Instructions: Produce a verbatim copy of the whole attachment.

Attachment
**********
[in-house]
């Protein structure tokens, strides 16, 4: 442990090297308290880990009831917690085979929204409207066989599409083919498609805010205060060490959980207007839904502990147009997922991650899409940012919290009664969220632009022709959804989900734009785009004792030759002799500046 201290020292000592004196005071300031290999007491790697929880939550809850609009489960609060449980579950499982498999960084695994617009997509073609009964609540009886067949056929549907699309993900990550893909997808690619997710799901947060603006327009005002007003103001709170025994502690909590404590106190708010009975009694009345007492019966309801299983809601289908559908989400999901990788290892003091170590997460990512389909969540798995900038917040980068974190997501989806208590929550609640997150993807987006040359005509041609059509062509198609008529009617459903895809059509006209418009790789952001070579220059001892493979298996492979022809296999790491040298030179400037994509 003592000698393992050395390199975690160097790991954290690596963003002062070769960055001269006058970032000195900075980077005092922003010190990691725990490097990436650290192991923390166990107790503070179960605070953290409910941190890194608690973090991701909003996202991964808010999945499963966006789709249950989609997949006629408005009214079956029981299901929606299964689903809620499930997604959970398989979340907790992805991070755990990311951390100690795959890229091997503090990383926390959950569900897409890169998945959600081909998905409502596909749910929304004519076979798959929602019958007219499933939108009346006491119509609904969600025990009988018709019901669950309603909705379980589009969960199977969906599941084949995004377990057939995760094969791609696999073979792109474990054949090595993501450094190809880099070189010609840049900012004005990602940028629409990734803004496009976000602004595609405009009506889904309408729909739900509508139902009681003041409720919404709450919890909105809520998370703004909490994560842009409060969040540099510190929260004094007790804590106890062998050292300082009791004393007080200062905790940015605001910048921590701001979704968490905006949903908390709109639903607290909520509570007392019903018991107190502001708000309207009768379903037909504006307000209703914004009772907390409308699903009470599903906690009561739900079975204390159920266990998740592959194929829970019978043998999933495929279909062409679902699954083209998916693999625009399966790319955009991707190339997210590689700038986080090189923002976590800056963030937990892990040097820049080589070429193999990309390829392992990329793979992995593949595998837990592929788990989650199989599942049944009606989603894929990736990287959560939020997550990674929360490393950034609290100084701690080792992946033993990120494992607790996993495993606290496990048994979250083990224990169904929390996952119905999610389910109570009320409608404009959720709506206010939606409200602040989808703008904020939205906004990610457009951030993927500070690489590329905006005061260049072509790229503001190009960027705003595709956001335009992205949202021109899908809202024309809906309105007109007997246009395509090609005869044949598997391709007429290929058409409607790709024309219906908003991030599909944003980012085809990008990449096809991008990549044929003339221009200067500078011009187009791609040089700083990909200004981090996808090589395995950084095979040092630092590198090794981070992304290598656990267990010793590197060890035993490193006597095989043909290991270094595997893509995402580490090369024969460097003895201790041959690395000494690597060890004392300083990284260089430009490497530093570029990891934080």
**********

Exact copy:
[in-house]
């Protein structure tokens, strides 16, 4: 442990090297308290880990009831917690085979929204409207066989599409083919498609805010205060060490959980207007839904502990147009997922991650899409940012919290009664969220632009022709959804989900734009785009004792030759002799500046 201290020292000592004196005071300031290999007491790697929880939550809850609009489960609060449980579950499982498999960084695994617009997509073609009964609540009886067949056929549907699309993900990550893909997808690619997710799901947060603006327009005002007003103001709170025994502690909590404590106190708010009975009694009345007492019966309801299983809601289908559908989400999901990788290892003091170590997460990512389909969540798995900038917040980068974190997501989806208590929550609640997150993807987006040359005509041609059509062509198609008529009617459903895809059509006209418009790789952001070579220059001892493979298996492979022809296999790491040298030179400037994509 003592000698393992050395390199975690160097790991954290690596963003002062070769960055001269006058970032000195900075980077005092922003010190990691725990490097990436650290192991923390166990107790503070179960605070953290409910941190890194608690973090991701909003996202991964808010999945499963966006789709249950989609997949006629408005009214079956029981299901929606299964689903809620499930997604959970398989979340907790992805991070755990990311951390100690795959890229091997503090990383926390959950569900897409890169998945959600081909998905409502596909749910929304004519076979798959929602019958007219499933939108009346006491119509609904969600025990009988018709019901669950309603909705379980589009969960199977969906599941084949995004377990057939995760094969791609696999073979792109474990054949090595993501450094190809880099070189010609840049900012004005990602940028629409990734803004496009976000602004595609405009009506889904309408729909739900509508139902009681003041409720919404709450919890909105809520998370703004909490994560842009409060969040540099510190929260004094007790804590106890062998050292300082009791004393007080200062905790940015605001910048921590701001979704968490905006949903908390709109639903607290909520509570007392019903018991107190502001708000309207009768379903037909504006307000209703914004009772907390409308699903009470599903906690009561739900079975204390159920266990998740592959194929829970019978043998999933495929279909062409679902699954083209998916693999625009399966790319955009991707190339997210590689700038986080090189923002976590800056963030937990892990040097820049080589070429193999990309390829392992990329793979992995593949595998837990592929788990989650199989599942049944009606989603894929990736990287959560939020997550990674929360490393950034609290100084701690080792992946033993990120494992607790996993495993606290496990048994979250083990224990169904929390996952119905999610389910109570009320409608404009959720709506206010939606409200602040989808703008904020939205906004990610457009951030993927500070690489590329905006005061260049072509790229503001190009960027705003595709956001335009992205949202021109899908809202024309809906309105007109007997246009395509090609005869044949598997391709007429290929058409409607790709024309219906908003991030599909944003980012085809990008990449096809991008990549044929003339221009200067500078011009187009791609040089700083990909200004981090996808090589395995950084095979040092630092590198090794981070992304290598656990267990010793590197060890035993490193006597095989043909290991270094595997893509995402580490090369024969460097003895201790041959690395000494690597060890004392300083990284260089430009490497530093570029990891934080």